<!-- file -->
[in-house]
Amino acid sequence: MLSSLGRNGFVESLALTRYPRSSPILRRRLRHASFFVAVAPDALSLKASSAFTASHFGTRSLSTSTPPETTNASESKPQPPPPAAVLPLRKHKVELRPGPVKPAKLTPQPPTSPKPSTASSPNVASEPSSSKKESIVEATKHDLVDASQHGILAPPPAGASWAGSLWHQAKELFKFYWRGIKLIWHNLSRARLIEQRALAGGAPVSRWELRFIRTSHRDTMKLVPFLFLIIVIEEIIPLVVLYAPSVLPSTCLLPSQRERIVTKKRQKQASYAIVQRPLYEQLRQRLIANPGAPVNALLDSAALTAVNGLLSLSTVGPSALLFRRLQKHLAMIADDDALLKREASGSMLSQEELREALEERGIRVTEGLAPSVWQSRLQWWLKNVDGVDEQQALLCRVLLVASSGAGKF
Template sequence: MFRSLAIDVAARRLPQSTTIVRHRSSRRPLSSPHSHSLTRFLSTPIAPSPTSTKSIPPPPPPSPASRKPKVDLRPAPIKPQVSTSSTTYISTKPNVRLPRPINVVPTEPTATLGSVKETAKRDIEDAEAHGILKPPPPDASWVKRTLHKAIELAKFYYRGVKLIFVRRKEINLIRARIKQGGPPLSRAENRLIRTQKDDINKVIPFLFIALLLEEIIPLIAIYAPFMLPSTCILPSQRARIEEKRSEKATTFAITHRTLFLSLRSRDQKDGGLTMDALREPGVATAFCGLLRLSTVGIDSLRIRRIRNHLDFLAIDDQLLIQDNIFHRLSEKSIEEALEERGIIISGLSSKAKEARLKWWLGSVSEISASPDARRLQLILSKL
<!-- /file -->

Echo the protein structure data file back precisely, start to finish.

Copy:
[in-house]
Amino acid sequence: MLSSLGRNGFVESLALTRYPRSSPILRRRLRHASFFVAVAPDALSLKASSAFTASHFGTRSLSTSTPPETTNASESKPQPPPPAAVLPLRKHKVELRPGPVKPAKLTPQPPTSPKPSTASSPNVASEPSSSKKESIVEATKHDLVDASQHGILAPPPAGASWAGSLWHQAKELFKFYWRGIKLIWHNLSRARLIEQRALAGGAPVSRWELRFIRTSHRDTMKLVPFLFLIIVIEEIIPLVVLYAPSVLPSTCLLPSQRERIVTKKRQKQASYAIVQRPLYEQLRQRLIANPGAPVNALLDSAALTAVNGLLSLSTVGPSALLFRRLQKHLAMIADDDALLKREASGSMLSQEELREALEERGIRVTEGLAPSVWQSRLQWWLKNVDGVDEQQALLCRVLLVASSGAGKF
Template sequence: MFRSLAIDVAARRLPQSTTIVRHRSSRRPLSSPHSHSLTRFLSTPIAPSPTSTKSIPPPPPPSPASRKPKVDLRPAPIKPQVSTSSTTYISTKPNVRLPRPINVVPTEPTATLGSVKETAKRDIEDAEAHGILKPPPPDASWVKRTLHKAIELAKFYYRGVKLIFVRRKEINLIRARIKQGGPPLSRAENRLIRTQKDDINKVIPFLFIALLLEEIIPLIAIYAPFMLPSTCILPSQRARIEEKRSEKATTFAITHRTLFLSLRSRDQKDGGLTMDALREPGVATAFCGLLRLSTVGIDSLRIRRIRNHLDFLAIDDQLLIQDNIFHRLSEKSIEEALEERGIIISGLSSKAKEARLKWWLGSVSEISASPDARRLQLILSKL